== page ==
The Idaho Senate approved reform, without debate, yesterday that would give landowners a vote on whether their property taxes can be diverted into urban renewal districts.
The districts are created in areas designated by a city government as deteriorated or underdeveloped. The purpose, as set out by state law, is to promote development by building infrastructure. That's done through property taxes. The district—legally separate from the city government—doesn't increase property taxes, but takes a piece of the pie that would normally be distributed among the school district, county, city and other taxing districts. The district receives only the property taxes resulting from property value increases during the time of its existence, a maximum 24 years.
Up to now, URAs—like Ketchum's—have been created by city governments without voter approval, even though property taxes are diverted into them and spent.
Bill 95, passed by Senate yesterday, would prohibit newly created URAs from having any power without a citywide election approving them. The bill isn't retroactive, however, and wouldn't force Ketchum to hold an election over its existing URA.
The bill also shortens URA life spans to 20 years and requires owners of agriculture land to provide written consent before being included. It also limits URAs to roping in more land after they've been created only once. Up to now, there has been no restriction on adding more land along the way.
Ketchum's URA wouldn't have to take out the 138 acres of Sun Valley Co. land at the base of Bald Mountain's River Run side that it added last year.
Michelle Stennett, D-Ketchum, acknowledged her constituents as being split over the reform.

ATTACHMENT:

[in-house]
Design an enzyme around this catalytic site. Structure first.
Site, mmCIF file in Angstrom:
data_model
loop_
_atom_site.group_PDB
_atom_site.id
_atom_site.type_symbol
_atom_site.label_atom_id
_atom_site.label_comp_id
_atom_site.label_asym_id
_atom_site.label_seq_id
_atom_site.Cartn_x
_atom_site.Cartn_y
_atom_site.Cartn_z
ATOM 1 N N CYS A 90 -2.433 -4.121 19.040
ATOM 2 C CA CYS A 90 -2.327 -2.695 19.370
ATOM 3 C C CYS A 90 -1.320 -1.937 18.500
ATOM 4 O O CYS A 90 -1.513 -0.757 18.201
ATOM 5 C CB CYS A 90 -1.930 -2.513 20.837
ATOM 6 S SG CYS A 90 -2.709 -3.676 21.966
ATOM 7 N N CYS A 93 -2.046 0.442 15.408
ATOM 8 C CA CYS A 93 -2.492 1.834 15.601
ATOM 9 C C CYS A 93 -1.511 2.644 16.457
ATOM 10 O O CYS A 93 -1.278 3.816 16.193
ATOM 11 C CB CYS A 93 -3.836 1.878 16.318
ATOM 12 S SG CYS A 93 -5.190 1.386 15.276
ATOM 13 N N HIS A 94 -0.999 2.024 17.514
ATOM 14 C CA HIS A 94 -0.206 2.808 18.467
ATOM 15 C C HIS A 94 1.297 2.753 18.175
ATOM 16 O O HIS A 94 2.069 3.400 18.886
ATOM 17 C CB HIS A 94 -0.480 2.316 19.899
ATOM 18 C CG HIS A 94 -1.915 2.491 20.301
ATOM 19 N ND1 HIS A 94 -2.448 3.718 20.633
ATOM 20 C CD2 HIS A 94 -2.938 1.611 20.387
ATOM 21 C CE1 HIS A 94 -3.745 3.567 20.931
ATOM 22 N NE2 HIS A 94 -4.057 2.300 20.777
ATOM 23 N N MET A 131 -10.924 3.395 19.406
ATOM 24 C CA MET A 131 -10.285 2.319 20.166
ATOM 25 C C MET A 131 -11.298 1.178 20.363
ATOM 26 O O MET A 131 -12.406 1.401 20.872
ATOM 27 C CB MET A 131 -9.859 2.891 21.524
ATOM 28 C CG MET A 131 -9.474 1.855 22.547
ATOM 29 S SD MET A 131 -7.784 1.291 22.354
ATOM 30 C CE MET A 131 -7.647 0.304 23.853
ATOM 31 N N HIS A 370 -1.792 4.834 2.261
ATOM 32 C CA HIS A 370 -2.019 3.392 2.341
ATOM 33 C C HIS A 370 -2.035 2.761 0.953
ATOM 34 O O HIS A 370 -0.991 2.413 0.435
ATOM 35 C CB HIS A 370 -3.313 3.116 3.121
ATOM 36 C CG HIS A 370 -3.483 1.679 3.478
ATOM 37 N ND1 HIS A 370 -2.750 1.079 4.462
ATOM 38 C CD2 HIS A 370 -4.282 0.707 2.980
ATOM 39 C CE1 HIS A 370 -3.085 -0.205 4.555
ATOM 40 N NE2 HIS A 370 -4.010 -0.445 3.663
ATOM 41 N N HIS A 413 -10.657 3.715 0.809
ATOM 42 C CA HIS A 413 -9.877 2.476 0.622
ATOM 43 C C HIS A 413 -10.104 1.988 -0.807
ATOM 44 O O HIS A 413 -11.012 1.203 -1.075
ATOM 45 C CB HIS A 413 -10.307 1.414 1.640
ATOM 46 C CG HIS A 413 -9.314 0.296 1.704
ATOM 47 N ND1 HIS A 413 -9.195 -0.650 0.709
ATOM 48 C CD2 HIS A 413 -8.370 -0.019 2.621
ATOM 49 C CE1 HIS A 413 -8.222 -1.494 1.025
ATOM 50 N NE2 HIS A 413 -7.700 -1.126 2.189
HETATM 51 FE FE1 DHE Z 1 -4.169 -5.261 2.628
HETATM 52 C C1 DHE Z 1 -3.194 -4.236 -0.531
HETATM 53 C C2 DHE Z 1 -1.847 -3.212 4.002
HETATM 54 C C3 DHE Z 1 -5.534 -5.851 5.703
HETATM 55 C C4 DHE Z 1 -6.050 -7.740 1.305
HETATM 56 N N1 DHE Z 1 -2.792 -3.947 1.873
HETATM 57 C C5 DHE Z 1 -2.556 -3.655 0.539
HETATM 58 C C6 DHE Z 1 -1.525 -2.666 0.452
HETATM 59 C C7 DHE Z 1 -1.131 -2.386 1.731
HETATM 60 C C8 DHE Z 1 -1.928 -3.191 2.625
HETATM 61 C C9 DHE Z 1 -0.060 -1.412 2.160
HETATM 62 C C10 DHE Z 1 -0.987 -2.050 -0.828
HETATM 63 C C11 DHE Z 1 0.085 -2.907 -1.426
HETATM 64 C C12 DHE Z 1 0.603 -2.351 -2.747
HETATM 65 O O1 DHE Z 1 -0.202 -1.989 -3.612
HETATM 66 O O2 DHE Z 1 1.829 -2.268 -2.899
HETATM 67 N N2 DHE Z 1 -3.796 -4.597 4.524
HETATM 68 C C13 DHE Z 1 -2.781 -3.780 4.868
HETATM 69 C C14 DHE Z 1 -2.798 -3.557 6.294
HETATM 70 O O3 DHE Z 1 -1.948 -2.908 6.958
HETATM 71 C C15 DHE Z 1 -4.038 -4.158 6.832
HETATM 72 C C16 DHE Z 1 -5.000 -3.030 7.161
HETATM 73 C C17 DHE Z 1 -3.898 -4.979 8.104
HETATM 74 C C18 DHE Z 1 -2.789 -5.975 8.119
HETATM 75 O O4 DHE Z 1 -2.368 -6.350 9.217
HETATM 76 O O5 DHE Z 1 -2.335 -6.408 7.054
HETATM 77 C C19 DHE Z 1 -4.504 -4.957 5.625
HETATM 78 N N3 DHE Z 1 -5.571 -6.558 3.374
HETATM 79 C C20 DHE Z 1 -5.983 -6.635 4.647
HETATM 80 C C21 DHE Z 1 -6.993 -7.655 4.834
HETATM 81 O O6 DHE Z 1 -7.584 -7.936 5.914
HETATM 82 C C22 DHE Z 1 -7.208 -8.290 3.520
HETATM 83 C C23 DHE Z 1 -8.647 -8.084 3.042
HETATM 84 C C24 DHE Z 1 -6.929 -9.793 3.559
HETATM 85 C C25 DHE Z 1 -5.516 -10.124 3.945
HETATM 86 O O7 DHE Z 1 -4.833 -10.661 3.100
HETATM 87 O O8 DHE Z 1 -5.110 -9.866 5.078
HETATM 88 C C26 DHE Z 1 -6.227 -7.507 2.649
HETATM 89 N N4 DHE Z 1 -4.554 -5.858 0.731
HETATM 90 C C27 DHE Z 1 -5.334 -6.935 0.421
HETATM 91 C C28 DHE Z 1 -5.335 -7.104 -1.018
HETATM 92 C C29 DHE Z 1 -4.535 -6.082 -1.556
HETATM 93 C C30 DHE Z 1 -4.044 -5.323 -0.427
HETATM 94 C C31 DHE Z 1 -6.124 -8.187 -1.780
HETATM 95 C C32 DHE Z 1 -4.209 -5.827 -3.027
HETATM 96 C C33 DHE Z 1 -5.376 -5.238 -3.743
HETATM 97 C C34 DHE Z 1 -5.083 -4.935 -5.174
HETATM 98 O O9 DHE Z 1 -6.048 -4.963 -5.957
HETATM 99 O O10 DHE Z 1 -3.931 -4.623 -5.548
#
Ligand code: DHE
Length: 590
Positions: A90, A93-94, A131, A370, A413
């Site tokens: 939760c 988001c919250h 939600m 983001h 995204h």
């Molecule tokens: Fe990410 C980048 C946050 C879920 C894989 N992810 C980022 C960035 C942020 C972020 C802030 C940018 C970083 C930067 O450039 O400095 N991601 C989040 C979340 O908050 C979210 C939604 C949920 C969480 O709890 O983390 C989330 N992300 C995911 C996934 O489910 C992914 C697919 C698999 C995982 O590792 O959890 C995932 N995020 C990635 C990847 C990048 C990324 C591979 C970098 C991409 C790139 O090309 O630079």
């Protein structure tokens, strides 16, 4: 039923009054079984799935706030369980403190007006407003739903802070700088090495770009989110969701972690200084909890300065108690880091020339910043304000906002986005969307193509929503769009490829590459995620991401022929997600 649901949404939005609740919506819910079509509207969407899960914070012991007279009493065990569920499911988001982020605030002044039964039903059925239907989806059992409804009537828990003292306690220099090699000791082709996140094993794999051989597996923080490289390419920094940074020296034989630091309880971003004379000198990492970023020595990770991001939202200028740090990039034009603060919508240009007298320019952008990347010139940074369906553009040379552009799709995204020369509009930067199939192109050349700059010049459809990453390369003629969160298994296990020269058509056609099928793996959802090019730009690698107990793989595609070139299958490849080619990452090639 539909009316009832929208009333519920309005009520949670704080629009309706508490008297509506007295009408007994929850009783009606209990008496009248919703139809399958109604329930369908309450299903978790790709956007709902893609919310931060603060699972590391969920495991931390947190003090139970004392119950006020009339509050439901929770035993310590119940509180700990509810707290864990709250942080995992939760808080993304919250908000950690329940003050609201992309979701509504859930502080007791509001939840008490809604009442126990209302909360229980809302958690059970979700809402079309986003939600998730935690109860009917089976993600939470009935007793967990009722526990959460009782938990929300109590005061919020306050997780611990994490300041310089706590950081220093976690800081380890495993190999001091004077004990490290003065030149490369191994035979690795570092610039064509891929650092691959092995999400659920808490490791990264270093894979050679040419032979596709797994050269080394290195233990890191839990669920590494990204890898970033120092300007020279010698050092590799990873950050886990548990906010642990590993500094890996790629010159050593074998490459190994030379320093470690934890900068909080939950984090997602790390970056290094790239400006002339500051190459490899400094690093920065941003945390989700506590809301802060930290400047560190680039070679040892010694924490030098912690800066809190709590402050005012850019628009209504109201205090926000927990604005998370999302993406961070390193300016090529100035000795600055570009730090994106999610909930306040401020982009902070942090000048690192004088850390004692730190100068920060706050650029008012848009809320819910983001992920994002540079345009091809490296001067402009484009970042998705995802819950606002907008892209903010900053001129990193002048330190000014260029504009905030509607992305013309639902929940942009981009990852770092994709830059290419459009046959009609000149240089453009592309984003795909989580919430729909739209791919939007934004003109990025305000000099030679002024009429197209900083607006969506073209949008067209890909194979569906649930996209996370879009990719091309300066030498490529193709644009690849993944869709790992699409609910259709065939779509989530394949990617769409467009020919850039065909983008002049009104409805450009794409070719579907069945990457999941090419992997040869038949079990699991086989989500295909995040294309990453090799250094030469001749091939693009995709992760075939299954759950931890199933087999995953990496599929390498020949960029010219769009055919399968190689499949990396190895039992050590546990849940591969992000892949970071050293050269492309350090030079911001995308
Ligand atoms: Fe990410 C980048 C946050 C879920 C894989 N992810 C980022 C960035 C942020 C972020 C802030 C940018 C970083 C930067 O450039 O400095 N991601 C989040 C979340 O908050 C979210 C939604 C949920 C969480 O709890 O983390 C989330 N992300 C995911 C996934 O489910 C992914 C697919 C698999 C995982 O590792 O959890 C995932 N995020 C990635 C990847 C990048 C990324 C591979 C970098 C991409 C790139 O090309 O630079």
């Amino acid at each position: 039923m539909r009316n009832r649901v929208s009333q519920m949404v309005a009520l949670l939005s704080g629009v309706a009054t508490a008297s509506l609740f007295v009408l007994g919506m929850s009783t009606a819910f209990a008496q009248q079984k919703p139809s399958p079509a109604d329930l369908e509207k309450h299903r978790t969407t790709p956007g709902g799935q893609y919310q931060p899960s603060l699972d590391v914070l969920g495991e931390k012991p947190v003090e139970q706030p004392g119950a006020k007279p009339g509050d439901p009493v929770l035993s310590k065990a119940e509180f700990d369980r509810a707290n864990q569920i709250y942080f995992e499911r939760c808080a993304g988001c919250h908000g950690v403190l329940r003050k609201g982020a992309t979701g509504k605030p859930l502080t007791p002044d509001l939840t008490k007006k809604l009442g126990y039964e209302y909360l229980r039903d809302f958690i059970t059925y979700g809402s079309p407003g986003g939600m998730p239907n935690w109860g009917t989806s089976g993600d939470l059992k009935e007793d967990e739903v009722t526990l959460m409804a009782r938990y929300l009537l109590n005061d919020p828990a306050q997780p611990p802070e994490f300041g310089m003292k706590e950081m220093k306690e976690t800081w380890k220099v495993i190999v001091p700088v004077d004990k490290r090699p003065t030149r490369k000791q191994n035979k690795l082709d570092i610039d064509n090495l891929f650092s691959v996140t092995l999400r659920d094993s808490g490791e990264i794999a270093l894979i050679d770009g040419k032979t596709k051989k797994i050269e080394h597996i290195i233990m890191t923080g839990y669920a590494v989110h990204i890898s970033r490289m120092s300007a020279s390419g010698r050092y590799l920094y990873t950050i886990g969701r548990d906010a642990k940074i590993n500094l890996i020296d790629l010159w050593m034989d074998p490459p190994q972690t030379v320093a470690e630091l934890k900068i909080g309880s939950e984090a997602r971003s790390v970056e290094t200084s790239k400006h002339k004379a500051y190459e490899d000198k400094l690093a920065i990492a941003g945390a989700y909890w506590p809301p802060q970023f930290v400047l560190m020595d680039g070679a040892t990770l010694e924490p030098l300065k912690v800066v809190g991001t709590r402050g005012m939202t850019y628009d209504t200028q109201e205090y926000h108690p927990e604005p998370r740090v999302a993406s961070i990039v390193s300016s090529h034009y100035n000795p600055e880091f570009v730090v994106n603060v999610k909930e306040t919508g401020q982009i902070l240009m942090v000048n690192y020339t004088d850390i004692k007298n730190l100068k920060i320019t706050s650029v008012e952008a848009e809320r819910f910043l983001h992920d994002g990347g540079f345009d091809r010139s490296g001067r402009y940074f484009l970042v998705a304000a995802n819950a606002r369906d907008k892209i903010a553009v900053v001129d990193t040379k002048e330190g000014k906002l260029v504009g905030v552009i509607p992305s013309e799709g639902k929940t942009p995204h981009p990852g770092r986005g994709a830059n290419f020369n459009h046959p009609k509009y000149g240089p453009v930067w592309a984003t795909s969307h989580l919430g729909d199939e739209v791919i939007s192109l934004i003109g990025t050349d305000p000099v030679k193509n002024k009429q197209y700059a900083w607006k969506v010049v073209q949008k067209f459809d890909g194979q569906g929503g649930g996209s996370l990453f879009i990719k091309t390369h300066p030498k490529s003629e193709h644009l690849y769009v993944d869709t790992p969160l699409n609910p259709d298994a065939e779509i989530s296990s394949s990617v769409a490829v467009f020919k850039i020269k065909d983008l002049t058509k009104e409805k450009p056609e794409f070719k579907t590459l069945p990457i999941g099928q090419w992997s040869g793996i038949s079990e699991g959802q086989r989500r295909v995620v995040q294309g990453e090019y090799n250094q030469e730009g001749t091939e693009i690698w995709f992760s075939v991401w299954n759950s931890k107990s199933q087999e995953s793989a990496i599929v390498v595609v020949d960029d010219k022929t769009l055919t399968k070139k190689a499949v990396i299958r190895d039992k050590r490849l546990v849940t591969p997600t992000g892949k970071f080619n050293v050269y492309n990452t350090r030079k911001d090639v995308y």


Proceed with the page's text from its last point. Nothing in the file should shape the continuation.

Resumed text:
"Any way I vote on this is not going to be a good thing," she said, adding that she'll vote for the bill because "a little more transparency is never a bad policy."
She said compromises made in amendments to the bill make it acceptable.
Before this bill came to the Senate, the House overwhelmingly passed it on March 1 after making several amendments. However, it now has to go back to the House since the Senate added more amendments, though most are minor changes.
This is just the first URA reform bill to come down the pike.
"I predict we're not through with considering urban renewal reform in the state," said Sen. Chuck Winder, R-Boise.
The House passed three other URA bills on March 1—bills 96, 97 and 110—but all have been sitting idle in the Senate's Local Government and Taxation Committee, failing to gain the traction they had in the House.
Some members of the Legislature have said more reform is needed to keep URAs in line.
"Does this bill  solve all the problems I and others have with urban renewal?" asked Sen. Diane Bilyeu, D-Pocatello. "No, but it's a start."
Trevon Milliard: email@example.com